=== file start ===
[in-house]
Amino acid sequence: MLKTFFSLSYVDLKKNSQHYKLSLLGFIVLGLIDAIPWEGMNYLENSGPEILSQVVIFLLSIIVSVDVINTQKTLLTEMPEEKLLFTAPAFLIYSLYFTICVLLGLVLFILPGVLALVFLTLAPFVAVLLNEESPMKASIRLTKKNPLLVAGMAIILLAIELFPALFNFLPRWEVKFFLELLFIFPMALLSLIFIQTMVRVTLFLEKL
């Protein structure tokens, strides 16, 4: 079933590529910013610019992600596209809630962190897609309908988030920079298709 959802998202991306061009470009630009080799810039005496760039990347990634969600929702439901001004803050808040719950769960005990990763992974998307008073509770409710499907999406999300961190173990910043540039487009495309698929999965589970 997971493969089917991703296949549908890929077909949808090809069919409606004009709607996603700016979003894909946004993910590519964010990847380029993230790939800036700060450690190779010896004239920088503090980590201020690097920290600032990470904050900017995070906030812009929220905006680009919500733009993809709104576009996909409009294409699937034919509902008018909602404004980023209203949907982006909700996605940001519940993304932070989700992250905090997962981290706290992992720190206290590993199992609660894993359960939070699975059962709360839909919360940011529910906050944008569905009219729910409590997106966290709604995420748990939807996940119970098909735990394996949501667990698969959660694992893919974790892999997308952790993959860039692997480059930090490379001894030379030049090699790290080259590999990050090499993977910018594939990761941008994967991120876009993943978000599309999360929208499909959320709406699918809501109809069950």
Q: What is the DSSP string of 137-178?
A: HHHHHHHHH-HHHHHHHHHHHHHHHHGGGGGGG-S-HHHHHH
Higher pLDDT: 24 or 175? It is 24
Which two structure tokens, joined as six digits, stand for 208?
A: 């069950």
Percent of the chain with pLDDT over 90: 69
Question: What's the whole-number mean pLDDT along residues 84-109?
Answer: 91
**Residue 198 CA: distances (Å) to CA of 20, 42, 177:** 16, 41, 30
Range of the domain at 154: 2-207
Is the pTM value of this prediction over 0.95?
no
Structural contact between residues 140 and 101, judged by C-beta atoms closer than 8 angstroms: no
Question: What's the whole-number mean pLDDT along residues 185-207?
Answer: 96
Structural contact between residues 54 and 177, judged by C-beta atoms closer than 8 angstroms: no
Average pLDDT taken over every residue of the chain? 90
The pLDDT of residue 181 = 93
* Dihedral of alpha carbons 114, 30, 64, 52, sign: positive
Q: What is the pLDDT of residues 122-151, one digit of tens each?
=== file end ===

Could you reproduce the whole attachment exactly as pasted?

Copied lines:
[in-house]
Amino acid sequence: MLKTFFSLSYVDLKKNSQHYKLSLLGFIVLGLIDAIPWEGMNYLENSGPEILSQVVIFLLSIIVSVDVINTQKTLLTEMPEEKLLFTAPAFLIYSLYFTICVLLGLVLFILPGVLALVFLTLAPFVAVLLNEESPMKASIRLTKKNPLLVAGMAIILLAIELFPALFNFLPRWEVKFFLELLFIFPMALLSLIFIQTMVRVTLFLEKL
């Protein structure tokens, strides 16, 4: 079933590529910013610019992600596209809630962190897609309908988030920079298709 959802998202991306061009470009630009080799810039005496760039990347990634969600929702439901001004803050808040719950769960005990990763992974998307008073509770409710499907999406999300961190173990910043540039487009495309698929999965589970 997971493969089917991703296949549908890929077909949808090809069919409606004009709607996603700016979003894909946004993910590519964010990847380029993230790939800036700060450690190779010896004239920088503090980590201020690097920290600032990470904050900017995070906030812009929220905006680009919500733009993809709104576009996909409009294409699937034919509902008018909602404004980023209203949907982006909700996605940001519940993304932070989700992250905090997962981290706290992992720190206290590993199992609660894993359960939070699975059962709360839909919360940011529910906050944008569905009219729910409590997106966290709604995420748990939807996940119970098909735990394996949501667990698969959660694992893919974790892999997308952790993959860039692997480059930090490379001894030379030049090699790290080259590999990050090499993977910018594939990761941008994967991120876009993943978000599309999360929208499909959320709406699918809501109809069950």
Q: What is the DSSP string of 137-178?
A: HHHHHHHHH-HHHHHHHHHHHHHHHHGGGGGGG-S-HHHHHH
Higher pLDDT: 24 or 175? It is 24
Which two structure tokens, joined as six digits, stand for 208?
A: 């069950």
Percent of the chain with pLDDT over 90: 69
Question: What's the whole-number mean pLDDT along residues 84-109?
Answer: 91
**Residue 198 CA: distances (Å) to CA of 20, 42, 177:** 16, 41, 30
Range of the domain at 154: 2-207
Is the pTM value of this prediction over 0.95?
no
Structural contact between residues 140 and 101, judged by C-beta atoms closer than 8 angstroms: no
Question: What's the whole-number mean pLDDT along residues 185-207?
Answer: 96
Structural contact between residues 54 and 177, judged by C-beta atoms closer than 8 angstroms: no
Average pLDDT taken over every residue of the chain? 90
The pLDDT of residue 181 = 93
* Dihedral of alpha carbons 114, 30, 64, 52, sign: positive
Q: What is the pLDDT of residues 122-151, one digit of tens each?